How much will Medicare B go up in 2022?
Since it’s the portion most Americans have to pay for each month through a premium (unlike Part A), many people associate Part B with their Medicare costs. It accounts for the out-of-pocket costs you pay for approved equipment, doctor’s visits and other outpatient services. That’s why it’s helpful to start with Part B when examining Medicare’s price increases for 2022.
Premium: Medicare Part B saw its biggest increase ever as standard premiums jumped to $170.10 per month in 2022, meaning beneficiaries pay at least $21.60 more than in 2021. Part B premiums are determined by income, and the highest earners can pay as much $587.30 monthly in 2022 (up from $504.90 in 2021).
Deductible: Medicare beneficiaries must reach a deductible of $233 in 2022 before Medicare will pick up its share for Part B services. That’s $30 more than 2021.
Part A increases in 2022
Medicare Part A helps cover inpatient care received in an approved medical setting, as well as some home healthcare. Medicare Part A costs are also up in 2022, but If you worked at least 10 years (or 40 quarters), you probably won’t have to pay a premium each month. Here’s a rundown of Medicare Part A costs in 2022:
Premium: If you or your spouse worked between 30 and 40 quarters, your monthly Part A premium is $274 in 2022, up from $259 in 2021. Those that worked fewer than 30 quarters will pay $499 monthly ($471 in 2021).
Deductible: When admitted to a hospital or other facility, Part A will cover your first 60 days of inpatient care after you’ve paid your deductible. In 2022, the deductible is $1,556 per benefit period, an increase from $1,484 in 2021.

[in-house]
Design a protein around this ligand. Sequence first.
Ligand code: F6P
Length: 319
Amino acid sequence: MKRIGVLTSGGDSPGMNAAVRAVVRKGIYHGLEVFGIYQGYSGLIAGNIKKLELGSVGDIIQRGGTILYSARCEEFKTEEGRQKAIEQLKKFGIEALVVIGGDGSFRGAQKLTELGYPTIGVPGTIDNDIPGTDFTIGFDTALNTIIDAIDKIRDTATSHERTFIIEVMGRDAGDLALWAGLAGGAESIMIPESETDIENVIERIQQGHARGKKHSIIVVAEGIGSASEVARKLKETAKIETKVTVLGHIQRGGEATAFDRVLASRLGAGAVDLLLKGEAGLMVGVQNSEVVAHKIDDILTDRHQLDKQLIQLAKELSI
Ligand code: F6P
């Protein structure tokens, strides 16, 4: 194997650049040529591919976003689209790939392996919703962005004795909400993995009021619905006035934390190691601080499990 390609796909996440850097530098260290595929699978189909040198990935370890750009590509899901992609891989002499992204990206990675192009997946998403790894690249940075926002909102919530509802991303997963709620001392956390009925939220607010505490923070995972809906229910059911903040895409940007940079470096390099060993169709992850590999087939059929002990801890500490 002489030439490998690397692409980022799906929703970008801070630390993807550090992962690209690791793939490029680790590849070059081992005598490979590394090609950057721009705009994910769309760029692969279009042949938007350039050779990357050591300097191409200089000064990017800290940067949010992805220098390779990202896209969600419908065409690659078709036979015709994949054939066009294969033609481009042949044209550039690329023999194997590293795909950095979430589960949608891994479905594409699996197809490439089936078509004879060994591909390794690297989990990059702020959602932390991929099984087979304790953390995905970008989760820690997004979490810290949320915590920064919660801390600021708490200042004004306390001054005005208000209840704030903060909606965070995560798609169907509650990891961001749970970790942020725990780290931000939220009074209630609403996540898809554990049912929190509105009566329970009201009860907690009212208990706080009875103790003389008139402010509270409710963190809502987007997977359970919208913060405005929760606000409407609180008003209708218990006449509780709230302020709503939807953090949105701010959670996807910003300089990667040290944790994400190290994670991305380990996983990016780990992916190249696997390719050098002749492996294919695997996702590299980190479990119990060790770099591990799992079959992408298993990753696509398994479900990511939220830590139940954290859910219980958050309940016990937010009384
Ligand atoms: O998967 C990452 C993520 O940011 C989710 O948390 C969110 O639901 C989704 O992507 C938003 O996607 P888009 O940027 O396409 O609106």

Coinsurance: You’ll pay a daily coinsurance if you need hospitalization for more than 60 days in a benefit period. In 2022, the daily rate is $389 for Days 61 to 90 and $778 per day for lifetime reserve days . If you need extended care services in a skilled nursing facility, Part A will cover your first 20 days. The daily coinsurance rate for Days 21 through 100 is $194.50 in 2022.
Part D increases in 2022
Medicare prescription drug plans (Part D) help cover medications. They’re offered by private insurance companies and are priced on a per-plan basis. Like Part B, Part D premiums are affected by income, with the highest earners paying an income-related monthly adjustment amount (IRMAA) of $77.90 per month in 2022 on top of their standard premium cost. If your income is $91,000 or less ($182,000 for returns filed jointly) in 2022, you probably won’t pay an IRMAA for Part D.
Who has the best Medicare plan for 2022?
Finding the Medicare plan that’s best for you means determining your needs and shopping for benefits that will help you stay healthy. The plan that works for a friend or a loved one may not work for you, so it’s important to understand your options and know which questions to ask when it’s time. To help, GoHealth has helpful pages on a range of topics, including:
My Medicare coverage doesn’t address all of my needs.Find The Right Plan
Before 65 Guide
Understanding health insurance before age 65, especially when considering early retirement
Medicare Plans Guide
Costs, coverage and enrollment details for each Medicare plan
Medicare Beneficiary Guide
For those currently enrolled in Medicare
Low Income and Medicare Guide
For individuals with a qualifying income status
A Caregiver’s Guide
For individuals with a qualifying income status